Cen­tral City’s strange “Fur­nace” packs punch

The Denver Post - - LIFE & CULTURE - By Kel­ley Dean Hansen

In 2015, af­ter ex­per­i­ments with sea­son-clos­ing mu­si­cal the­ater events in Den­ver, Cen­tral City Opera went in a dif­fer­ent di­rec­tion with its late-sea­son shows and de­cided to do trav­el­ing one-act operas. These pro­duc­tions were al­ways staged in one of the “al­ter­na­tive” venues around the com­pany’s home opera house, and then they were taken on tour along the Front Range.

It turned out that the pro­duc­tions in the Cen­tral City venues were so sin­gu­lar an ex­pe­ri­ence that the com­pany de­cided to keep them there this year and aban­don the tour.

The first one-act pro­duc­tion, English com­poser Ben­jamin Brit­ten’s 1966 church para­ble “The Burn­ing Fiery Fur­nace,” opened Wed­nes­day af­ter­noon at the Martin Foundry Re­hearsal Hall in Cen­tral City. The sec­ond per­for­mance was Thurs­day evening, and a third fol­lows at noon next Wed­nes­day.

The pro­duc­tion, like the score it­self, is strange. The venue is un­usual by any stan­dard. The floor is flat,

there is no stage to speak of and the per­form­ers are in in­ti­mate prox­im­ity to the au­di­ence. The orches­tra — “Fur­nace” was orig­i­nally writ­ten by Brit­ten for a small cham­ber group, which CCO faith­fully fol­lows — is house right, again, vir­tu­ally on top of the au­di­ence. It is a tes­ta­ment to di­rec­tor Ken Cazan’s ge­nius that he was able to adapt the work to this space and make it an in­te­gral part of his vi­sion.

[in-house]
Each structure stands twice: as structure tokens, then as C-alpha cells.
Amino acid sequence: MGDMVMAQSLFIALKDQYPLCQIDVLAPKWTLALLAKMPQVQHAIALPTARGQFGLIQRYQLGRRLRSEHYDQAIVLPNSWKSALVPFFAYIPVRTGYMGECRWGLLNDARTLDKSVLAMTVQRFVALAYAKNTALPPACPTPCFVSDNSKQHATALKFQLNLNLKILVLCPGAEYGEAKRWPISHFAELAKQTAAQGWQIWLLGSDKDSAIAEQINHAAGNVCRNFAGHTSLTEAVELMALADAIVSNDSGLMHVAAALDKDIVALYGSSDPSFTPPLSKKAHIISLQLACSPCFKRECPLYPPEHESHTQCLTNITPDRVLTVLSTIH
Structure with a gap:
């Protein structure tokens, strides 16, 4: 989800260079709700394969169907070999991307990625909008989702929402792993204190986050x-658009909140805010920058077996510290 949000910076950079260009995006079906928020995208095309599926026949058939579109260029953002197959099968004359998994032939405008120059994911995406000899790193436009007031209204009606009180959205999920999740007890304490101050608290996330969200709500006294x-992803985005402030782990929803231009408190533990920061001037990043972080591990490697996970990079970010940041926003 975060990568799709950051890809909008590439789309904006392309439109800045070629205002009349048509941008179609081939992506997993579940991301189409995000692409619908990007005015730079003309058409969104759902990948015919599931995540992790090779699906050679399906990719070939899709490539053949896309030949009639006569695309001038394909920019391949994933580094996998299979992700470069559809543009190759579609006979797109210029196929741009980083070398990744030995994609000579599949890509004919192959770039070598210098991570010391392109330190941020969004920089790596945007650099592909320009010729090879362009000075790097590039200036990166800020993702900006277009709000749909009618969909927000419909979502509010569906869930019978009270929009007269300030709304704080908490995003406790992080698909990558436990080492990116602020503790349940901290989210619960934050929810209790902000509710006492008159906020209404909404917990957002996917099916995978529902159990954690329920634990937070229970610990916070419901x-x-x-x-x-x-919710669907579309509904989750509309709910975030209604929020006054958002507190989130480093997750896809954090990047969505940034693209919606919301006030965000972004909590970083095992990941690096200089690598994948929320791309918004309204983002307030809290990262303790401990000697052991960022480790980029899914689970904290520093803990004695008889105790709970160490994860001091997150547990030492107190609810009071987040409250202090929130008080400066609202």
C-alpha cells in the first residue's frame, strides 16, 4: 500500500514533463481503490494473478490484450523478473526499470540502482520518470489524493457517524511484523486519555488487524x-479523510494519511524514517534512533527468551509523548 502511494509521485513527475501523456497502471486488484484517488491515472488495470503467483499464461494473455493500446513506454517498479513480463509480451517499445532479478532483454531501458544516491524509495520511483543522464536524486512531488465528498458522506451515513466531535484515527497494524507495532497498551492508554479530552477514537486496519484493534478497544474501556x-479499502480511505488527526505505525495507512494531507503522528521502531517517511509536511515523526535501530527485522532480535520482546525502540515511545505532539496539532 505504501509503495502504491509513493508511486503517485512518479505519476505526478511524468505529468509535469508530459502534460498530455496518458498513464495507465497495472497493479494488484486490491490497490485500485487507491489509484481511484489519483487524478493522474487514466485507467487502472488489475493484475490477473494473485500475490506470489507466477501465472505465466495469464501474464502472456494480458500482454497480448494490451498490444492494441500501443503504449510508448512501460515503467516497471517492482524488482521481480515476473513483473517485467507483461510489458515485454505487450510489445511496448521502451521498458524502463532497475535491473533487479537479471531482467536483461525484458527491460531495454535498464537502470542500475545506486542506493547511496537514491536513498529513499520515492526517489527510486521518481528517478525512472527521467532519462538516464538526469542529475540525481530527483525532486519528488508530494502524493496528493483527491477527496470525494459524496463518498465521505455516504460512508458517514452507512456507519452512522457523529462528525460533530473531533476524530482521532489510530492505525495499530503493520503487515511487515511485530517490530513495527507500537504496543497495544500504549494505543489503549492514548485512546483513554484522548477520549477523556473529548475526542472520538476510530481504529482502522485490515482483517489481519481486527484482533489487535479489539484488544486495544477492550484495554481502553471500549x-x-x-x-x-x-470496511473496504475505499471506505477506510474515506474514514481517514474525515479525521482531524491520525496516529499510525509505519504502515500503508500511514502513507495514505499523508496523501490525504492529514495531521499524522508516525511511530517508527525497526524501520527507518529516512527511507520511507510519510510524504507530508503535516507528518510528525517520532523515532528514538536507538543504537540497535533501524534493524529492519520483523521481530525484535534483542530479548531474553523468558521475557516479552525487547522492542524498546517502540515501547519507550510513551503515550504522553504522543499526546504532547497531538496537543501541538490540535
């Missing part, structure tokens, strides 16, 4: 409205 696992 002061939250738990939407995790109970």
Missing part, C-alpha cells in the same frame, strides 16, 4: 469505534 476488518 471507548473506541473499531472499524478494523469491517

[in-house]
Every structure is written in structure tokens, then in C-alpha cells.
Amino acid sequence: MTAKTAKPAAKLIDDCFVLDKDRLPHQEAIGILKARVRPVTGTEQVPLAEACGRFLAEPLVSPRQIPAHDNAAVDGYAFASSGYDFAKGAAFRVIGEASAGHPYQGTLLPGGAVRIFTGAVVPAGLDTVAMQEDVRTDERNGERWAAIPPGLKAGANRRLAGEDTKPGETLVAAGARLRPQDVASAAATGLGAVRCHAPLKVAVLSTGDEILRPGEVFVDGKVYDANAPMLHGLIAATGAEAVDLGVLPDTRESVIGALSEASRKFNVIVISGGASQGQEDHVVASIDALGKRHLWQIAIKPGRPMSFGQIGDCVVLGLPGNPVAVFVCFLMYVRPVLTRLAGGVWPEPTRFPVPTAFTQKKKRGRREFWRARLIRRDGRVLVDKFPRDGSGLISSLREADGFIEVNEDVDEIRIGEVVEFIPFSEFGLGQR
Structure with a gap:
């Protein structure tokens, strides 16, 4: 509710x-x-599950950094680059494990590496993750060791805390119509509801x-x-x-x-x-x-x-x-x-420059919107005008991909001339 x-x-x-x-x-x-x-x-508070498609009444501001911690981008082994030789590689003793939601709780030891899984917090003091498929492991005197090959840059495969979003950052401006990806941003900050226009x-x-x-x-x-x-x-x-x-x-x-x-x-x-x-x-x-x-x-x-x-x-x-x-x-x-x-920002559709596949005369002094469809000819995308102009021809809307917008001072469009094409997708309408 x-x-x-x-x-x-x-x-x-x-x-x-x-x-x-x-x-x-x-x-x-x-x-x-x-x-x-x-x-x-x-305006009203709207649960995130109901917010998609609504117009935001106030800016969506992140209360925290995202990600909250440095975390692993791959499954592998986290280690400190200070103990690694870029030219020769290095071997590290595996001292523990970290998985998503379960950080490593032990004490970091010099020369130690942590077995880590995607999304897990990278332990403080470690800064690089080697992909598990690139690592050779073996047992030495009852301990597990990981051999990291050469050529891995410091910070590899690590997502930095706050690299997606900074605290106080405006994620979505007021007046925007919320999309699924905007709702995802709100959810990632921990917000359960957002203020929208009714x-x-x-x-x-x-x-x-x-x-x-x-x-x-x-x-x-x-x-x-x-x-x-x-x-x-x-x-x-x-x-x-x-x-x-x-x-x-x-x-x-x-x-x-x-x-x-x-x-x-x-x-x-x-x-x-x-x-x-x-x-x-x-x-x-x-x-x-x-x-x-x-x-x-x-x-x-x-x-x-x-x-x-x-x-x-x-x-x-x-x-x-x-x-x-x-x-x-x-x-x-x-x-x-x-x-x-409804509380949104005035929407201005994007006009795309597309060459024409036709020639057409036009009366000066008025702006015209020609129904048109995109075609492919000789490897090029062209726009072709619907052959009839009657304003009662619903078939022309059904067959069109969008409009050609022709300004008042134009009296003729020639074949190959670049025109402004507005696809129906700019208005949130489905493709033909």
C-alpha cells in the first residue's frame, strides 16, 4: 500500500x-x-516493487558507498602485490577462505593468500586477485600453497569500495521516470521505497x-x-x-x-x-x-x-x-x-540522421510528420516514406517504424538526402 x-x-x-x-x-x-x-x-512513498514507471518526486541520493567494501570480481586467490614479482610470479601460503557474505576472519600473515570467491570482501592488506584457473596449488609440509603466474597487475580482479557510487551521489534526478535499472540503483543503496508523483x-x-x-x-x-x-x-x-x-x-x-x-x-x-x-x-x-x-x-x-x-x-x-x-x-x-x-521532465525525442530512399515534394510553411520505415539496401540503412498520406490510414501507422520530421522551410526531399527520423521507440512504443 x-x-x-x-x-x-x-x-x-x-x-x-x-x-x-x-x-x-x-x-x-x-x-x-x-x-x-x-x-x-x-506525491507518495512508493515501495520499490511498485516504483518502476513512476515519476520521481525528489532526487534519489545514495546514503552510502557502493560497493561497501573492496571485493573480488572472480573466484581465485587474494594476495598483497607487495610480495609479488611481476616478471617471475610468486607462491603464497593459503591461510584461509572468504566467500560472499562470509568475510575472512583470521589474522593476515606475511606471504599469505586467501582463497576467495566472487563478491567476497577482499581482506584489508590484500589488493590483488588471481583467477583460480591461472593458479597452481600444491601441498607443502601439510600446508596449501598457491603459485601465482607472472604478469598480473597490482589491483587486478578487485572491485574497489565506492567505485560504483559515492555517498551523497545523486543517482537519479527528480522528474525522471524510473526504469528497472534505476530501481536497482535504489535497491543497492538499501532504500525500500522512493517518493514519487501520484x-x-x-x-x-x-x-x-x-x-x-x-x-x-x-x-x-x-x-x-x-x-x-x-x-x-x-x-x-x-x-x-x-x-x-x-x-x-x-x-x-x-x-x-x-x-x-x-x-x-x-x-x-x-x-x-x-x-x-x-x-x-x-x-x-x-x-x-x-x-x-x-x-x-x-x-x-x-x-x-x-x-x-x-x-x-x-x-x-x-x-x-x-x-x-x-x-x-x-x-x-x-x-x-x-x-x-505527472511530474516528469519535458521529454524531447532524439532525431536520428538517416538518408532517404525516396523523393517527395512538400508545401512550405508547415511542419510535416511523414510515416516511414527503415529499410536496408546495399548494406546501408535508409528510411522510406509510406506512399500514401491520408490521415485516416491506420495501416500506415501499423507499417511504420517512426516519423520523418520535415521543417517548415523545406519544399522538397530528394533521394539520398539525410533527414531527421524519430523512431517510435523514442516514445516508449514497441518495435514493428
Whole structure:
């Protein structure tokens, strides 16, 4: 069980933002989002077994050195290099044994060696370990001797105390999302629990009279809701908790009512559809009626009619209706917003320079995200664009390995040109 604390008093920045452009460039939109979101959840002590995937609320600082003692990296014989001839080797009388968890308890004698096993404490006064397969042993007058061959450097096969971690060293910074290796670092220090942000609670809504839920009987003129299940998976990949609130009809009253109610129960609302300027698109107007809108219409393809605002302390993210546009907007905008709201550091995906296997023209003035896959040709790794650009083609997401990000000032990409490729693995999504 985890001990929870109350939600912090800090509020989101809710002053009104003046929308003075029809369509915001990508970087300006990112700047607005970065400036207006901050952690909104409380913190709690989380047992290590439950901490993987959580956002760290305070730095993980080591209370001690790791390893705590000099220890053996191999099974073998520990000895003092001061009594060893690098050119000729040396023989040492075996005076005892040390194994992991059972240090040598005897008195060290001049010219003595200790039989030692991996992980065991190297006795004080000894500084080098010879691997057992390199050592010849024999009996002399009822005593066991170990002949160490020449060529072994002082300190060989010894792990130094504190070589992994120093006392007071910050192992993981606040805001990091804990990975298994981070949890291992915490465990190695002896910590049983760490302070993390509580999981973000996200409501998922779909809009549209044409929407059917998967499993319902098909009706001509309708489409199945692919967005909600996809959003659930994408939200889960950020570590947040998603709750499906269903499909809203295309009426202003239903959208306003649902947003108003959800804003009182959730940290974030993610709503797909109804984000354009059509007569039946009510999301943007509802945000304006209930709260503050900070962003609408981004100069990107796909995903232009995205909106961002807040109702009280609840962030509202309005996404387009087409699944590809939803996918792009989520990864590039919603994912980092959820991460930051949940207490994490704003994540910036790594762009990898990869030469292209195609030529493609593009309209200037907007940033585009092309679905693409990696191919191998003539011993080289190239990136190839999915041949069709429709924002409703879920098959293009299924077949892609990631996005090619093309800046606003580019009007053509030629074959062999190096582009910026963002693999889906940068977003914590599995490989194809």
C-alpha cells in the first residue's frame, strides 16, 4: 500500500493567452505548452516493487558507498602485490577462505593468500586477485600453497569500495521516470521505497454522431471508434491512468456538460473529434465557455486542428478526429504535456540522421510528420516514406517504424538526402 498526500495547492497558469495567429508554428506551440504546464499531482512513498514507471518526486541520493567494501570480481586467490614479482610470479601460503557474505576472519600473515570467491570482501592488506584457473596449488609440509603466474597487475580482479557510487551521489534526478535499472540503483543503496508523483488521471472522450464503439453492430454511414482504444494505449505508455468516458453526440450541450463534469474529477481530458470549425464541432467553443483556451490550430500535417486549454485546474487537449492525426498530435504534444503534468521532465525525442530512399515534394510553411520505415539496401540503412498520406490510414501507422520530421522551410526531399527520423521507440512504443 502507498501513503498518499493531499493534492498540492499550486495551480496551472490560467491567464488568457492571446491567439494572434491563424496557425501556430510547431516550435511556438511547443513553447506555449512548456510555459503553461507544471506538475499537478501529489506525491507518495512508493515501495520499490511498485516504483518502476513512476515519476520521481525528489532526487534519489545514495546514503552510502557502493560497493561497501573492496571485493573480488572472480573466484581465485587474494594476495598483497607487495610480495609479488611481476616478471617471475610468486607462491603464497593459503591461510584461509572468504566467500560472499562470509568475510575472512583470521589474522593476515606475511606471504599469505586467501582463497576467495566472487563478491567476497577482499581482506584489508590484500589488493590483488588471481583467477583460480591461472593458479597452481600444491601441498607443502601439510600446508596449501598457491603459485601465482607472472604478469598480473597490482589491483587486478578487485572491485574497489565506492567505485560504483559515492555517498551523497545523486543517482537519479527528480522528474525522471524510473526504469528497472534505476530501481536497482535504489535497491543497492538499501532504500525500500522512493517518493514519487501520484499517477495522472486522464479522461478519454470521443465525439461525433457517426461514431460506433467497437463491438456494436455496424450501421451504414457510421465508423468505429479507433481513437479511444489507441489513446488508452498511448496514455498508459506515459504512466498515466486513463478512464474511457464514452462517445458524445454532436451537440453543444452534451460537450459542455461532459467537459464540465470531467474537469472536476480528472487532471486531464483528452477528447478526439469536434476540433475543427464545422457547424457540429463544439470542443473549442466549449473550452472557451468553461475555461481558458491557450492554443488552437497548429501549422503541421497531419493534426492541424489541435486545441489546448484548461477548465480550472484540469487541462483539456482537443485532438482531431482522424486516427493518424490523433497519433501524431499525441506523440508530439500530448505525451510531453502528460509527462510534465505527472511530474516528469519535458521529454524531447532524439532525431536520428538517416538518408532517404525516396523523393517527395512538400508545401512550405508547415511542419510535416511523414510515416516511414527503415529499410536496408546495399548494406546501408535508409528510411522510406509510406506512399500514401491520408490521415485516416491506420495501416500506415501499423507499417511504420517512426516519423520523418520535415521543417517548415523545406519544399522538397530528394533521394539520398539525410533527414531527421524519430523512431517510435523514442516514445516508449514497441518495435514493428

Brit­ten’s mu­si­cal lan­guage in 1966 was com­plex and ad­vanced. While the show’s bib­li­cal story is a time­less one — three young Jewish men in the ser­vice of the Baby­lo­nian King Ne­buchad­nez­zar refuse to wor­ship his golden god and are cast into the fur­nace, where they are mirac­u­lously un­harmed and sup­ported by an an­gel — Brit­ten’s mu­sic lends it an oth­er­worldly qual­ity.